“Those who are desperately trying to get their TIEs for the first time and benefit from the Withdrawal Agreement are very stressed because appointments are few and far between, Hernández told The Local.

“(Therefore my advice to residents) who choose to apply for the TIE is to leave it till after December 31st.

“It seems rather selfish to do it now, thereby further reducing availability of appointments before the end of the transition period.

“So think of your fellow Brits and wait till 2021 if you wish to exchange your green residency for the TIE but there is no obligation to exchange it.” 

READ MORE:  The quick Brexit guide for Brits in Spain: Residency, travel, healthcare, pets and pensions

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BRITS IN EUROPE

Brits in Europe won right to vote for life in UK but questions remain

After years of campaigns and promises British citizens living abroad finally won the lifelong right to vote in UK general elections in April 2022. But campaigners say more needs to be done to allow all those Britons abroad to be able cast their votes easily.

Brits in Europe won right to vote for life in UK but questions remain

What’s in the law?

The Elections Act 2022 introduced several changes to the current legislation on electoral participation. Among these, it removed the rule by which British citizens lose their voting rights in the UK if they have lived abroad for more than 15 years

The new rules also abolished the requirement to have been previously registered in the UK electoral roll to become an overseas voter. In addition, the registration in the electoral roll will now last up to three years instead of only one year.

It is estimated that these changes could increase the number of overseas voter registrations by some 3 million. But the way new measures will be applied in practice is still to be defined.

READ ALSO: ‘Mixed feelings’ – British citizens in Europe finally get right to vote for life

Defining the practicalities

Under the new law, Britons living abroad will have to register to vote in the last place they were registered in the UK. This means that people who have never lived in the UK will be ineligible to vote, regardless of how long they have been overseas, while those who left when they were children will be able to use a parent or guardian’s address.

But given that the UK does not require residents to register with local councils, how to prove previous UK residence? “Typical documents accepted as a proof of residence are Council tax or utilities bills, but not everyone will have them or will have kept them in an international move,” says Fiona Godfrey, co-founder of the British in Europe coalition.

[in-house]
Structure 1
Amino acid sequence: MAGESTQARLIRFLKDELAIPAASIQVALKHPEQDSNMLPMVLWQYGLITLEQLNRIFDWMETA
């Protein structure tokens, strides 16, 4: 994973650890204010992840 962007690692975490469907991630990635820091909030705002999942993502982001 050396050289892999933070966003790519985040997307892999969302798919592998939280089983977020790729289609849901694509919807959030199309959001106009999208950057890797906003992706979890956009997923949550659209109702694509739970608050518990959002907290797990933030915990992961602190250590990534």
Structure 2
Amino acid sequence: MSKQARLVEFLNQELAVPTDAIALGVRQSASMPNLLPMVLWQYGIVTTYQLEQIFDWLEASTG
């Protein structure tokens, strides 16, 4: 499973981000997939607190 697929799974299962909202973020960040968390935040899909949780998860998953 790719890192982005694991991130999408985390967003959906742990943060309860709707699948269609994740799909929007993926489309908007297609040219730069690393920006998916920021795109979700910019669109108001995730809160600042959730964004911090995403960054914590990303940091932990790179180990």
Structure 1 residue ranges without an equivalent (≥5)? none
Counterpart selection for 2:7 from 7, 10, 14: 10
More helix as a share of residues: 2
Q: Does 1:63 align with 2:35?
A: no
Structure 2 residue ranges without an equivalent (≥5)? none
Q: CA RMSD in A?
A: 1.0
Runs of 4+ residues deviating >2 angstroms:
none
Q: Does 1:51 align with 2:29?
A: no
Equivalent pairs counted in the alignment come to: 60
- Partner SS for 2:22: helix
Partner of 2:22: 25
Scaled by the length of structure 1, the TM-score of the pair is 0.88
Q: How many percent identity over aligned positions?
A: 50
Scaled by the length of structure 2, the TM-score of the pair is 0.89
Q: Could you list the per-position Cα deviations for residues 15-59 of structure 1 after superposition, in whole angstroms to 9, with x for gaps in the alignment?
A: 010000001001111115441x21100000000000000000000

Ballot papers are pictured in stacks in a count centre as part of the 2019 UK general election. (Photo by ANDY BUCHANAN / AFP)

Other questions concern how people will effectively cast their ballot. UK citizens overseas will be able to vote by post or by proxy or in person at their polling station if they are in the UK at the time of the election. However, few people are likely to travel to the UK for an election and in the past there have problems and delays with postal voting.

The Electoral Commission has recommended that overseas electors appoint a proxy to vote on their behalf. But who could that be for people who have been away from their constituency for a long time?

New secondary legislation will have to answer these questions, defining how to be included in the electoral roll and how to exercise the voting right in practice.

According to British in Europe, the government should present draft legislation in the first half of the year so that the parliament can adopt it before summer and registrations of overseas voters can start in the autumn.

British in Europe survey

British in Europe are currently running a survey to understand the difficulties UK citizens abroad may face in the registration and voting process, as well as their intention to participate in elections.

The survey asks for instance which documents people can access to prove their previous residence in the UK, what problems they had voting in the past, and if and how they plan to vote in the future.

“We need to get an up-to-date picture of British citizens living around the world and have information to make recommendations to the government, as it prepares secondary legislation,” Godfrey said. “If millions of people will exercise their voting rights, there will be consequences for council registration offices, post office and authorities that will manage the process, among other things” she argued.

The right to vote concerns only UK parliamentary elections and national referendums, not elections in the devolved administrations of Scotland, Wales and Northern Ireland, or at local level.

The survey is open to UK citizens living anywhere in the world and is available at this link.